In 1968, Josef Koudelka photographed the Soviet-led invasion of Czechoslovakia, publishing these images under the initials P. P. (Prague Photographer). Koudelka left Czechoslovakia in 1970, became stateless, was then granted political asylum in England, and shortly thereafter joined Magnum Photos. Koudelka has published eleven books of photographs focusing on the relationship between contemporary man and the landscape, including Gypsies (1975), Exiles (1988), Black Triangle (1994), Invasion 68: Prague (2008), and Wall (2013). Significant exhibitions of his work have been held at the Museum of Modern Art and the International Center of Photography, New York; Hayward Gallery, London; and Palais de Tokyo, Paris. Koudelka is the recipient of the Medal of Merit awarded by the Czech Republic (2002) and numerous other awards. In 2012, he was named Commandeur de l'Ordre des Arts et des Lettres by the French Ministry of Culture. He is based in Paris and Prague. Czeslaw Milosz, poet, essayist, translator, and novelist, was born in 1911 in Lithuania. He moved to Warsaw in the late 1930s and during World War II worked as a writer and an editor for Resistance publications. After the war Milosz joined the Polish diplomatic service, before breaking with the government in 1951. In 1961 he became professor of Slavic languages and literatures at the University of California, Berkeley. He received numerous honors, including the Nobel Prize in 1981. His books include The Captive Mind, The Issa Valley, The Land of Ulro, The Seizure of Power, Native Realm, and The Separate Notebooks. He died in 2004. Stuart Alexander is international specialist in photographs at Christie's, New York. As an independent curator and scholar he has published widely and organized numerous exhibitions with major international publishers, collections, and museums. He is recognized as an authority on the work of Brassai, Robert Frank, and Josef Koudelka, and has contributed an essay to the catalog for Koudelka's retrospective exhibition at the Art Institute of Chicago.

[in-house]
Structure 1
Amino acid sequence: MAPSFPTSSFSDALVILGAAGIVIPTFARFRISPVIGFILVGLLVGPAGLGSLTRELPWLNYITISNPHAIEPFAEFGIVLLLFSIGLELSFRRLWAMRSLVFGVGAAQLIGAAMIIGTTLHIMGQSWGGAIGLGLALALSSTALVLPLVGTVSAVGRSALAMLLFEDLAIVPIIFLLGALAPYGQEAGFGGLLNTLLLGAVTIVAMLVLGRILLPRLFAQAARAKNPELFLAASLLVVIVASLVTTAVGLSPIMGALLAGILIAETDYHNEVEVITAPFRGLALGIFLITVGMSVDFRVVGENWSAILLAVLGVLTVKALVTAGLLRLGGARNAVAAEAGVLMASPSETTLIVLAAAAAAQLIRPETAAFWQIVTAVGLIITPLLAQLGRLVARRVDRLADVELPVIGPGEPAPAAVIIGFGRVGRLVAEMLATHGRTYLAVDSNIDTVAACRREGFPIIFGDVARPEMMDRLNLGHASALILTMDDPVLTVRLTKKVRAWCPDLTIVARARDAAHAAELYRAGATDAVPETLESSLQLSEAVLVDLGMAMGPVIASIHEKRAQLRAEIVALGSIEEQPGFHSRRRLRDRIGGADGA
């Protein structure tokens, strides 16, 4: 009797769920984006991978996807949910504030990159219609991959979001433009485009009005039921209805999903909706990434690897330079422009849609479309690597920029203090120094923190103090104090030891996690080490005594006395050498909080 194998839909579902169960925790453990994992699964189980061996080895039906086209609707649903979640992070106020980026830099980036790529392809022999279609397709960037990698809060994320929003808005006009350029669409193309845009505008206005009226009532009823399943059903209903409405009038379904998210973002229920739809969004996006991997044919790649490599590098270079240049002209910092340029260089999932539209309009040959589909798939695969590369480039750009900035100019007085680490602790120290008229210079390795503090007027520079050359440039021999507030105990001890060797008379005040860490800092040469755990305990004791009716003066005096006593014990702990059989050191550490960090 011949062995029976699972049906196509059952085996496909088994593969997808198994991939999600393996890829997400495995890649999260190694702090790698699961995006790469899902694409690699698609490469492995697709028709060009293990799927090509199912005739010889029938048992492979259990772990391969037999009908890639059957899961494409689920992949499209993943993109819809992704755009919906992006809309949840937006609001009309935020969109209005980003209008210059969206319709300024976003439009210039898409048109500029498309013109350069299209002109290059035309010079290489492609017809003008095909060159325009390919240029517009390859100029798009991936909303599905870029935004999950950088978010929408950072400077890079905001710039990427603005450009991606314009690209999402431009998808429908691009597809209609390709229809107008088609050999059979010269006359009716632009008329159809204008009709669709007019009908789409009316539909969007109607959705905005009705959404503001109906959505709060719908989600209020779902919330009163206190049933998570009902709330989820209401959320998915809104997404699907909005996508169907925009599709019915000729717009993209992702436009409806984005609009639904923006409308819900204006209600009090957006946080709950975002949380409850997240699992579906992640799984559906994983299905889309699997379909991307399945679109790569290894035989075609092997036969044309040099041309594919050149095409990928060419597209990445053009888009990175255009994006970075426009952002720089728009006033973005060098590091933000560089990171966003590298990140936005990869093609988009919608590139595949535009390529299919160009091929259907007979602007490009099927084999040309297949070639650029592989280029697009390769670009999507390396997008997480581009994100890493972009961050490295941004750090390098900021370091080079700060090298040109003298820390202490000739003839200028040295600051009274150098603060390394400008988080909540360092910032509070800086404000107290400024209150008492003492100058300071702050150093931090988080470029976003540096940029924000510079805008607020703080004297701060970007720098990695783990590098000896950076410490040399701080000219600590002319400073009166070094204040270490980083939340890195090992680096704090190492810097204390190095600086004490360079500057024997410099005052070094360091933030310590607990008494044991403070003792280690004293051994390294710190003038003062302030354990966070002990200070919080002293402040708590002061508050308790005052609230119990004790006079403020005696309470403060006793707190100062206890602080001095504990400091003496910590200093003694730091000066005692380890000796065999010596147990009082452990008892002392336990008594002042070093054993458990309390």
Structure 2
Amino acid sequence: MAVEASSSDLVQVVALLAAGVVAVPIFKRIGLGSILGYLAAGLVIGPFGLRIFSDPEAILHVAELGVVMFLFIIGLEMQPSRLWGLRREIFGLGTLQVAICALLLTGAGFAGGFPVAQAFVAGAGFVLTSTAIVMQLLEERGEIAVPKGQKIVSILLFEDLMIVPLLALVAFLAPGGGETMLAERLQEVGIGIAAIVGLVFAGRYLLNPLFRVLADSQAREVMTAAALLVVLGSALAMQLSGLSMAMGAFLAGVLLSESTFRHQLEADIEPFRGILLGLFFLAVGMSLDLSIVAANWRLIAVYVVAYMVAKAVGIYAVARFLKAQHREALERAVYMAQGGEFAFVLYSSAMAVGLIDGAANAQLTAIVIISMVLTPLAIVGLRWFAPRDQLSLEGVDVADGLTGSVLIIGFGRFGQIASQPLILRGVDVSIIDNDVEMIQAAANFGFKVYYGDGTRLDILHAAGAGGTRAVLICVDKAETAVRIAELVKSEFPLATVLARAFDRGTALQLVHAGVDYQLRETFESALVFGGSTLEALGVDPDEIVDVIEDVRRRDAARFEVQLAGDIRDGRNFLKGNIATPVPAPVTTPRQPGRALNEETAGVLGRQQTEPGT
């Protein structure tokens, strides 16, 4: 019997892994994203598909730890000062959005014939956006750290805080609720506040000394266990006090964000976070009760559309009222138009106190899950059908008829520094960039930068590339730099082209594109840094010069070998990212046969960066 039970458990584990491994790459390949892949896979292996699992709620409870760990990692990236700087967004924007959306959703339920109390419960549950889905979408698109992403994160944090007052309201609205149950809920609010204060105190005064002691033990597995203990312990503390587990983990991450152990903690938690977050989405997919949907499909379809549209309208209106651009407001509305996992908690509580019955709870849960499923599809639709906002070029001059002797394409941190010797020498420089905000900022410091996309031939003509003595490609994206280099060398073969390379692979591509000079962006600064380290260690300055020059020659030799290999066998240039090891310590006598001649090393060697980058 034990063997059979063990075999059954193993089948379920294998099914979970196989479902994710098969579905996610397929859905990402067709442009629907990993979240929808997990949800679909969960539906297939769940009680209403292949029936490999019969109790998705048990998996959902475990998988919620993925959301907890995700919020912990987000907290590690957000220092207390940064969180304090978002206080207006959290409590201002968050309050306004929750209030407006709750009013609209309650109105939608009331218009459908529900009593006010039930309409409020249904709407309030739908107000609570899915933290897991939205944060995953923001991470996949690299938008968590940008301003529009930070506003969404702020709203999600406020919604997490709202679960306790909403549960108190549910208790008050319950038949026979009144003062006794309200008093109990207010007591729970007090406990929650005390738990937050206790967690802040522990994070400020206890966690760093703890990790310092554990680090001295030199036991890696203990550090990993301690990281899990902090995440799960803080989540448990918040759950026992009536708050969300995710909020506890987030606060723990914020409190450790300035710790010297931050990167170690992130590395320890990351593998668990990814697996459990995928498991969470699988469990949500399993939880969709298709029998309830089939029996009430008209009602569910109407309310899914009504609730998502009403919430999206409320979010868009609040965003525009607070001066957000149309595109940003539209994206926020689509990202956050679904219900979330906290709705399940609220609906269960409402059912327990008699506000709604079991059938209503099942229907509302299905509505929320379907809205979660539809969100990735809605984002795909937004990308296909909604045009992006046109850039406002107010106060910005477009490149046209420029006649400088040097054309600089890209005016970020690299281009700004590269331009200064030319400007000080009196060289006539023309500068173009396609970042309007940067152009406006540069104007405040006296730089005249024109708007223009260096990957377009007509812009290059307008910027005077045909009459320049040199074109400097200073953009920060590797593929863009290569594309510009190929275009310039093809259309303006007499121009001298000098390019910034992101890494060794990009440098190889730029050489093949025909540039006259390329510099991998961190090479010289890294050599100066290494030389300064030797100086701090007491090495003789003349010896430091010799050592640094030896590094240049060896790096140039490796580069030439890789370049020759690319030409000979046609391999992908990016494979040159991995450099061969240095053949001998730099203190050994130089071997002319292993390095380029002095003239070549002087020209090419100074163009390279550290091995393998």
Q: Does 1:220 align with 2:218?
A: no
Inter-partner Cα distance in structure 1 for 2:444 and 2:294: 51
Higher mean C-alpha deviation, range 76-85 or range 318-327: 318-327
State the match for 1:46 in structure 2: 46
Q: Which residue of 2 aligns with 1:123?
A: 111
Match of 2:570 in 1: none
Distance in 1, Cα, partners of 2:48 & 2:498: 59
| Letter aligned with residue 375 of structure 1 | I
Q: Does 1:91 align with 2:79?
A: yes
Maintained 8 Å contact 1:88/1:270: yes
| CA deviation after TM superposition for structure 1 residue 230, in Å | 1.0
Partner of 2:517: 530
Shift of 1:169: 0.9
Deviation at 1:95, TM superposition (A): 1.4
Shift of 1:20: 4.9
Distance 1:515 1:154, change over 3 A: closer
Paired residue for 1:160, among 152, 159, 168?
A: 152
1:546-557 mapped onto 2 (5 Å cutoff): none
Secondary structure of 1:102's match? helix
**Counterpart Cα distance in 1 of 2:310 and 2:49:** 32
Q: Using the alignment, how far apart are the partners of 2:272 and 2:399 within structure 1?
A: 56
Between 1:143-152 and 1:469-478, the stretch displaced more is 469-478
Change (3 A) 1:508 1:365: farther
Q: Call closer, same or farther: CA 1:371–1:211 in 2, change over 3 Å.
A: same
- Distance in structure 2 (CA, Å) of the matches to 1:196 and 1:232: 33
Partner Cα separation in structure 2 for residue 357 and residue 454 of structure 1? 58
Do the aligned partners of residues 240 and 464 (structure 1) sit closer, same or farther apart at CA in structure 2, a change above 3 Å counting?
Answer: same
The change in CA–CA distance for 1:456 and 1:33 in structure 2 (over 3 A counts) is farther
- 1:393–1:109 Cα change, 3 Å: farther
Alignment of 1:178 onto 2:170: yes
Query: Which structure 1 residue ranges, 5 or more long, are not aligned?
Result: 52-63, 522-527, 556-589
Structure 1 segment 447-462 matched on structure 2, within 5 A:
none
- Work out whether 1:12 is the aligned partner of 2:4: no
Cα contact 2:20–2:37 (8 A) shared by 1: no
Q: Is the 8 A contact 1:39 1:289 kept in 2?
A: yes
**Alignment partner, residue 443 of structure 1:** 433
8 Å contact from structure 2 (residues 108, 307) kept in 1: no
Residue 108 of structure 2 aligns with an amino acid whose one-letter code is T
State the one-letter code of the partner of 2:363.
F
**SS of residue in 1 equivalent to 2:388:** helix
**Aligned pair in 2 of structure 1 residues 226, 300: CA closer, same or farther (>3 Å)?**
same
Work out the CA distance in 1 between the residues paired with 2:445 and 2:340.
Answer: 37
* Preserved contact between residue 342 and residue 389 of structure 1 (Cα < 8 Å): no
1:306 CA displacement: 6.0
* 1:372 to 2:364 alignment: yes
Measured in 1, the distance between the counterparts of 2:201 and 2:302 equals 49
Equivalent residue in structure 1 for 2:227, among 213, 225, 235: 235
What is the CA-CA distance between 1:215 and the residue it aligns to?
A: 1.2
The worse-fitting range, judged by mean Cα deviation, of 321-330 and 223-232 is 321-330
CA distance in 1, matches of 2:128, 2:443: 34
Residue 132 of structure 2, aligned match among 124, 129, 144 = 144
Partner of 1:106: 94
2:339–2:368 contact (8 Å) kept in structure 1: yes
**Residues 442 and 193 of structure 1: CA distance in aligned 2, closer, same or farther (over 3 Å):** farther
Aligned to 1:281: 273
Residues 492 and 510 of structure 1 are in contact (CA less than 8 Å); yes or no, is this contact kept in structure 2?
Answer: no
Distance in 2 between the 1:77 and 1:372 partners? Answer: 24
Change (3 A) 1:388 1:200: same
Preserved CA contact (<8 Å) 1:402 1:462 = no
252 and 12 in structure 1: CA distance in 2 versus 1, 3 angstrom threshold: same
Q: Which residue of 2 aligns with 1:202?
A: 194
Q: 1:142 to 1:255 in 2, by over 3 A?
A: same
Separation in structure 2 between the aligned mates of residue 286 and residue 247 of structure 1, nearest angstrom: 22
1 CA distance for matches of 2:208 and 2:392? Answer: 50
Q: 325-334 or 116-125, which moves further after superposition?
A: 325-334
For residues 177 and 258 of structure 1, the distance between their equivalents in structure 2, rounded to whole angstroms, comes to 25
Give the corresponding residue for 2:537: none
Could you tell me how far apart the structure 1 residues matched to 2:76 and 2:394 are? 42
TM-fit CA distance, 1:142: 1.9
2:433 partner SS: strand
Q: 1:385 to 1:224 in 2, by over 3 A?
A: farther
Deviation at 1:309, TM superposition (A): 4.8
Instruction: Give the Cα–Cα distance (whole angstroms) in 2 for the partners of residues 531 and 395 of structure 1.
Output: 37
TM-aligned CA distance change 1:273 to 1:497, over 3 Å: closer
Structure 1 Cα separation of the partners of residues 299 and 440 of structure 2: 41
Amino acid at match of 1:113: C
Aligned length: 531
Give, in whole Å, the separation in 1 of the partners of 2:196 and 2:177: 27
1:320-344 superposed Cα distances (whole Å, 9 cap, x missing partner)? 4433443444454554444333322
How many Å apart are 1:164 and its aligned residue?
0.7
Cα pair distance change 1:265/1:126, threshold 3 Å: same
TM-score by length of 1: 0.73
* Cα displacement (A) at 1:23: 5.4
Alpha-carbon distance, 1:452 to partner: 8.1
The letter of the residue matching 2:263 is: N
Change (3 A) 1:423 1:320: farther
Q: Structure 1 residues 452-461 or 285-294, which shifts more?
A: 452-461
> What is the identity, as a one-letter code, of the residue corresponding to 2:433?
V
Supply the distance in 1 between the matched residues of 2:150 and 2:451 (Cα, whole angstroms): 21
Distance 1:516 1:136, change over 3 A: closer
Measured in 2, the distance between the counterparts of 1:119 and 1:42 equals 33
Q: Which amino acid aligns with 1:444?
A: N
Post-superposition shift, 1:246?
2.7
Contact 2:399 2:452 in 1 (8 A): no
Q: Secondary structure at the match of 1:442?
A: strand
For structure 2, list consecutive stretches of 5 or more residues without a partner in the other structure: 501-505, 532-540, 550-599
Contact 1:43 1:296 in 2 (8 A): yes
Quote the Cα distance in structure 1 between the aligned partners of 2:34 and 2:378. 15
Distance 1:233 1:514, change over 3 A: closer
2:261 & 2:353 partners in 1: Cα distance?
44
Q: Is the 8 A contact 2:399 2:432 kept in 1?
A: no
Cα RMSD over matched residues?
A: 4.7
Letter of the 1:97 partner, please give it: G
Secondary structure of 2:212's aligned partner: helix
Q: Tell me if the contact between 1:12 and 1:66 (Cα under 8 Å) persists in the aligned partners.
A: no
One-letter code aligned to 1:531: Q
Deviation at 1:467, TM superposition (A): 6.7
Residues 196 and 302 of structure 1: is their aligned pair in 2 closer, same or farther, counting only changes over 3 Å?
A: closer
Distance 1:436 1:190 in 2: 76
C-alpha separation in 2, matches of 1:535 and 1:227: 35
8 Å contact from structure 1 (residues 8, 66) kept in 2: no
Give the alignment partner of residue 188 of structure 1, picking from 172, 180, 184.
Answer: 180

Exiles is the deeply personal culmination of over two decades spent
meandering in Europe. -The Photoblogapher
His most distinctive work, and perhaps his most important. -L'Oeil de la Photographie